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Effective Use of Training Time

Effective Use of Training Time

Effective use of training time is a key priority for all personal trainers. The 120-180 minutes of usable training time per week often makes it difficult for trainers to help their clients reach all their perceivably attainable goals. This is particularly true when the needs include all aspects of health related fitness. The traditional, but antiquated, model of personal training that uses body part emphasis and three sets of ten repetitions provide limited benefit for the average person with multi-factor need. Attempting to fix range of motion issues, musculo-skeletal imbalances, as well as body fat reduction and the often associated metabolic and cardiovascular conditions with three sets of ten using bodybuilding exercises is an inefficient use of time. Rather, the exercise program should be broken down into segments with specific emphasis. Separating the needs into discernable categories allows for a more efficient use of the training time and places specific stress related to the desired adaptation.

Although the exercise program structure may differ on a case-by-case basis, a basic model can be used that addresses the individual need in a periodized, cycled program. Looking at the basics of exercise physiology a plan of attack that separates the energy systems and the tension requirements of the muscle can be used to categorize the gross purpose of the activity and its relative order in the exercise bout. When employing anaerobic and aerobic modalities in the same day the requisite tensions employed for adaptational response can be used to sort out the emphasis. This organization is directed by the energy systems that support each action. The standard order should reflect the continuum from phosphagen to oxidative metabolism and therefore should be ordered in the following manner:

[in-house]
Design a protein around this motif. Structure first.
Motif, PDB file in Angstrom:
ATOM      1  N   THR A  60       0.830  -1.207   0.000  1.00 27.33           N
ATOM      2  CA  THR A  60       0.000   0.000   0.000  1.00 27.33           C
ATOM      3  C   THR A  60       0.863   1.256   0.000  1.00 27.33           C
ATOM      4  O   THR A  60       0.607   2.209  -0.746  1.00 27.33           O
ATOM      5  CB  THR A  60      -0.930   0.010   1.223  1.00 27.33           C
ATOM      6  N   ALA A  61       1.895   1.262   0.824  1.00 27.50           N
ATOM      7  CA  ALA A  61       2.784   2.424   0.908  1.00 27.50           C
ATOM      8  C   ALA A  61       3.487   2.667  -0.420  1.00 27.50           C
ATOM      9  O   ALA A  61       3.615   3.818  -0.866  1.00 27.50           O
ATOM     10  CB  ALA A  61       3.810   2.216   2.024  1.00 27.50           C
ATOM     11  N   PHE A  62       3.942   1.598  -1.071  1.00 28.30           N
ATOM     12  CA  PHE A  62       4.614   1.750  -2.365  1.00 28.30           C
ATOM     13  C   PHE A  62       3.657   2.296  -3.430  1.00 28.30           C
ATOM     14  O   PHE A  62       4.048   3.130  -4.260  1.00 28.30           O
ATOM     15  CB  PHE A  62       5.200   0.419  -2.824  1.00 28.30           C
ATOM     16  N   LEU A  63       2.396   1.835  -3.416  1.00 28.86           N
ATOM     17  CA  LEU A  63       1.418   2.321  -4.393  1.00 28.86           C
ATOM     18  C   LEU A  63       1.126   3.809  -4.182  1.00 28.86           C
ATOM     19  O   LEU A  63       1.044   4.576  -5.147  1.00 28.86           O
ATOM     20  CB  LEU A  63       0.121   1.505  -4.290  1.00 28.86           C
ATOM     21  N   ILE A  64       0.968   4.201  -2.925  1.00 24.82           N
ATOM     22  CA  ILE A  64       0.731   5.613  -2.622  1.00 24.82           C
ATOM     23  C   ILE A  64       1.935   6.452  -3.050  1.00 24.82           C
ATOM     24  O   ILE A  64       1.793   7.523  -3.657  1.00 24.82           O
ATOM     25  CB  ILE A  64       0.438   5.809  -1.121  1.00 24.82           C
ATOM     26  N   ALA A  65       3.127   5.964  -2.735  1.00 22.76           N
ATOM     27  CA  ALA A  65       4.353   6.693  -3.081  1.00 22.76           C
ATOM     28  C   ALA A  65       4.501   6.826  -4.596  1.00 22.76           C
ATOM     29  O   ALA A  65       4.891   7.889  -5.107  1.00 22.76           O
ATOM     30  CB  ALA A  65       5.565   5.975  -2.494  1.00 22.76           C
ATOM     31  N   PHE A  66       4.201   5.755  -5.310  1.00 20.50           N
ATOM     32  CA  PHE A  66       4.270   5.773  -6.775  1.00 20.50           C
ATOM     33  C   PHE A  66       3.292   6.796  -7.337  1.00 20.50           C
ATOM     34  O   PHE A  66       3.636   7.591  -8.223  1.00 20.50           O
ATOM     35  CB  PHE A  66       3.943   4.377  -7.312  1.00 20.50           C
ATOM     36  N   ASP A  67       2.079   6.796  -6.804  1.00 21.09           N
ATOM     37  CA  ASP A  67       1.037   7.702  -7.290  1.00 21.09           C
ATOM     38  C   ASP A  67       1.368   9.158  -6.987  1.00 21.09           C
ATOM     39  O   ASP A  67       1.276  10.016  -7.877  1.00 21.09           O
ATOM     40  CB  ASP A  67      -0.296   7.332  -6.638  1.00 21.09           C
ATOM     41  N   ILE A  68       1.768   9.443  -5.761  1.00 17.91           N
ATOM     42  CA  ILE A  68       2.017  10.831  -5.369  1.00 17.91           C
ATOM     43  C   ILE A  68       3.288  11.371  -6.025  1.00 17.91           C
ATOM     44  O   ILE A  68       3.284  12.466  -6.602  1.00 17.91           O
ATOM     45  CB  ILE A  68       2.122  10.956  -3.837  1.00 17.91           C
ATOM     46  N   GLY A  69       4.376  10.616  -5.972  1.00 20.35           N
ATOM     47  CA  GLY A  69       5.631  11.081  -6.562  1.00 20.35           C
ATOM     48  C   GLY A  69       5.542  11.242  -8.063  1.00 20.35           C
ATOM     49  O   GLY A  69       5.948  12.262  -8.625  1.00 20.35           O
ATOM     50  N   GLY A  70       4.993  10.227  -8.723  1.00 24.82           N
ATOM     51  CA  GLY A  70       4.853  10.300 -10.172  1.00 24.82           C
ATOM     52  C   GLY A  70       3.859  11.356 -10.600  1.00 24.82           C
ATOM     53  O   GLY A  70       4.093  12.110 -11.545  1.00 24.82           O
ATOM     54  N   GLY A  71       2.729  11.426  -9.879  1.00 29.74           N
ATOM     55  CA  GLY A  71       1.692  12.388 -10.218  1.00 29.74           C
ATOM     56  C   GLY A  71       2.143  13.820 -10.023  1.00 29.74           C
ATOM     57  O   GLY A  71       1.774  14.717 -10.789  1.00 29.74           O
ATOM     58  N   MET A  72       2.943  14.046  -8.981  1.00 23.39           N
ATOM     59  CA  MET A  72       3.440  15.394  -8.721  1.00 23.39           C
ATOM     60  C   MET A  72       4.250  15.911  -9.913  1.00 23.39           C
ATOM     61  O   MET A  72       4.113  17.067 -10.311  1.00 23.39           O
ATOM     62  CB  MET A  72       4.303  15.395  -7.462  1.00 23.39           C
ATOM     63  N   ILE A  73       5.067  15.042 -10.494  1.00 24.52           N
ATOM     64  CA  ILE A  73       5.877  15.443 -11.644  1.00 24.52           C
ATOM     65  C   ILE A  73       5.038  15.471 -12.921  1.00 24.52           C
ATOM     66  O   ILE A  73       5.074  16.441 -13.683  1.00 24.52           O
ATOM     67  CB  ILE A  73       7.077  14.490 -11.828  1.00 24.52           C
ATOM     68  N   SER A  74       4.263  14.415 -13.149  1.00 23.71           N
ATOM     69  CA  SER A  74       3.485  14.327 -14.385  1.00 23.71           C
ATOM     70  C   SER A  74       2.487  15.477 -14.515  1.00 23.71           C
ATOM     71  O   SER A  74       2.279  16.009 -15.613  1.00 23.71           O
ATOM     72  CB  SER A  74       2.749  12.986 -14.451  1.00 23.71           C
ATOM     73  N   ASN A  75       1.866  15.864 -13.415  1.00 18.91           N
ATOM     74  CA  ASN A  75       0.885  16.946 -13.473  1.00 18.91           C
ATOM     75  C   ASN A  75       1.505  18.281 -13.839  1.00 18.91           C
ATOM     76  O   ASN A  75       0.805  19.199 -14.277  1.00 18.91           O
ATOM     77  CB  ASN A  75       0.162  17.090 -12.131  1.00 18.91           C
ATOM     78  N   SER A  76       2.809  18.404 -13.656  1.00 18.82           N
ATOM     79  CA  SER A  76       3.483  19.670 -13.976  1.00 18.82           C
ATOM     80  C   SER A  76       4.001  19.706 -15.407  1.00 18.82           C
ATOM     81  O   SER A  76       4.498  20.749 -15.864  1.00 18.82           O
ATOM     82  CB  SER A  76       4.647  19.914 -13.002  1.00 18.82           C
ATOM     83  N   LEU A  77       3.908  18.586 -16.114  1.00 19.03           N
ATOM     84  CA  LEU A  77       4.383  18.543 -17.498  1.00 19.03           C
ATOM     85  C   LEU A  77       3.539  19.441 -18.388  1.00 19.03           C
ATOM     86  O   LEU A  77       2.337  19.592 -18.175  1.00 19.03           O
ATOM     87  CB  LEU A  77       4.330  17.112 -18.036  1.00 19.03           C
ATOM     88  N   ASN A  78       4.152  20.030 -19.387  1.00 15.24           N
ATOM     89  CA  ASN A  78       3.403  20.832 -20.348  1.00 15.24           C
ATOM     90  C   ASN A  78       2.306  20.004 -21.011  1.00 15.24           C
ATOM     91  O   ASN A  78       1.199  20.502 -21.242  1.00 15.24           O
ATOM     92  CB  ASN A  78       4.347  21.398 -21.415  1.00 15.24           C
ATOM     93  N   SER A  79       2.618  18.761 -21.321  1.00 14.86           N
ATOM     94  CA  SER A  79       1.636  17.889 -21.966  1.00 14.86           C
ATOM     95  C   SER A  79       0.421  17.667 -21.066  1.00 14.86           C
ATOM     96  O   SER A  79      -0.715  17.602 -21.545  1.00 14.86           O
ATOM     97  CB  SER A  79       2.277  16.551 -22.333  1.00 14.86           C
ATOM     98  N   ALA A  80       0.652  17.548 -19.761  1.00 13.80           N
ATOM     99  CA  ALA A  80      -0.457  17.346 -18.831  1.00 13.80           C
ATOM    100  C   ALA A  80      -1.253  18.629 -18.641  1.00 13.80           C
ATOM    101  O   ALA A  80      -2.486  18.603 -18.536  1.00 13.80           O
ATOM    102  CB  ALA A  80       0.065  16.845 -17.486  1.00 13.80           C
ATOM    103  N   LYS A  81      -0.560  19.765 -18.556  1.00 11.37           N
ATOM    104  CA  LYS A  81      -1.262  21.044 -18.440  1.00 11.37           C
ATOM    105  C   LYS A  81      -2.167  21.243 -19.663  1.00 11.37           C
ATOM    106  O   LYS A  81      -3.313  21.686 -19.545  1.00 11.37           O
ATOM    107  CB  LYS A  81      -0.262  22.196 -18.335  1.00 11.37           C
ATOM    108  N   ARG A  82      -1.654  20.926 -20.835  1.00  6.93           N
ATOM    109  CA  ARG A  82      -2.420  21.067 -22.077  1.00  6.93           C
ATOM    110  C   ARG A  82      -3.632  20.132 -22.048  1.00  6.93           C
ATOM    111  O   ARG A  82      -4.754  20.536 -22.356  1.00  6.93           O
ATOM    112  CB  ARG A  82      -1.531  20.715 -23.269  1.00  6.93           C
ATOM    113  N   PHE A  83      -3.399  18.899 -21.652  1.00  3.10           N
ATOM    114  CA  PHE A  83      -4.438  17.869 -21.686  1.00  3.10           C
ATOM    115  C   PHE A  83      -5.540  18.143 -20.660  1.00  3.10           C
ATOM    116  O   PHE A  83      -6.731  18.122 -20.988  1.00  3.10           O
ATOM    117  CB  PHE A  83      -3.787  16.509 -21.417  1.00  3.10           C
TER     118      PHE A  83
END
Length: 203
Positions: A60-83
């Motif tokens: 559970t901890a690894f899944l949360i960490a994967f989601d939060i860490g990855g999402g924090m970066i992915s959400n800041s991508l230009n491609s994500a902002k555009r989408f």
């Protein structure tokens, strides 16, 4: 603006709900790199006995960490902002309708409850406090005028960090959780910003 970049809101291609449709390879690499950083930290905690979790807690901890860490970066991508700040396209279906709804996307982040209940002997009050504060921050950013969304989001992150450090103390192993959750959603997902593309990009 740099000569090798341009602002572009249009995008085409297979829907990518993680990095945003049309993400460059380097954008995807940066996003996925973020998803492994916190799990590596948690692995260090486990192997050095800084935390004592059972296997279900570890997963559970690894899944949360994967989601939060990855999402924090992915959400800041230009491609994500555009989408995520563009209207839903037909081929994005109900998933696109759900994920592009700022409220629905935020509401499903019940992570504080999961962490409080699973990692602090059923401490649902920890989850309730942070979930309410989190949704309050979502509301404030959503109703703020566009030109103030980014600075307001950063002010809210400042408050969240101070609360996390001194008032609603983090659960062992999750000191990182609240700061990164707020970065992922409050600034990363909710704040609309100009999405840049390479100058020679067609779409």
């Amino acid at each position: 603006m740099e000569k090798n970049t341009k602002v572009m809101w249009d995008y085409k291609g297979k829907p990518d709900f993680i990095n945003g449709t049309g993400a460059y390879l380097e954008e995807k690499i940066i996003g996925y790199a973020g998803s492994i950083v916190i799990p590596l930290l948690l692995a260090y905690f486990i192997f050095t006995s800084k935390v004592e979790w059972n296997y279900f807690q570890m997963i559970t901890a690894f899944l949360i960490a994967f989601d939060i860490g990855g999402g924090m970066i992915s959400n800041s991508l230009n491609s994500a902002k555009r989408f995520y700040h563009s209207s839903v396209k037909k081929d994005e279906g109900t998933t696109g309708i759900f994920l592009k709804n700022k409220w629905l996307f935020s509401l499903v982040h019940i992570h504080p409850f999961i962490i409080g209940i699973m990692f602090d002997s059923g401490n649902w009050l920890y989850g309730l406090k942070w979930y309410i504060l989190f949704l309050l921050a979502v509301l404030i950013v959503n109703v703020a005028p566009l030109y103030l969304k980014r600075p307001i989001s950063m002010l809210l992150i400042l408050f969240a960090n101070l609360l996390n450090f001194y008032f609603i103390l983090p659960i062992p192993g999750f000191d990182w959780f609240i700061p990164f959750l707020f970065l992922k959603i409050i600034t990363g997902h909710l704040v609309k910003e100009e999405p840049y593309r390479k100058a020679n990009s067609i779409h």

Power–Strength–Hypertrophy–Anaerobic Endurance–Aerobic

Within these categories the energy systems can be further broken down to reflect the specific intent along with individual considerations such as fitness level, training tenure, movement aptitude, etc. Getting back to the underlying exercise science, the activities may be broken down into the phosphagen system and the glycolytic pathway or if unsure about the overlap, 1-5 and 6-12 repetitions. Less than five repetitions to volitional failure reflect phosphagen energy utilization and an intensity greater than 85% of a 1RM, whereas greater than six repetitions of the same effort reflects use of the glycolytic pathway and less than 85% of a 1RM. When more than 12 repetitions are completed the intensity is most likely too low. This will result in the activity dropping out of a strength emphasis and migrating into the early stages of an anaerobic endurance activity.

Now it makes sense to apply the additional considerations that are relevant to addressing multiple client needs. The inclusion of, and need for a warm-up, a functional skeleton (ROM and strength balance), multi-planar movement efficiency, and adequate caloric expenditure, warrant significant attention. When each of these components are added into the exercise bout, and with the limited time considered, the use of multiple training systems should enter the equation. The use of circuits for dynamic flexibility and glycolytic strength/endurance as well as supersets, contrast sets, and movement combinations can be used to effectively accomplish tasks of different nature. Segmenting the program in a logical order can be accomplished by simply matching the need to the desired outcome.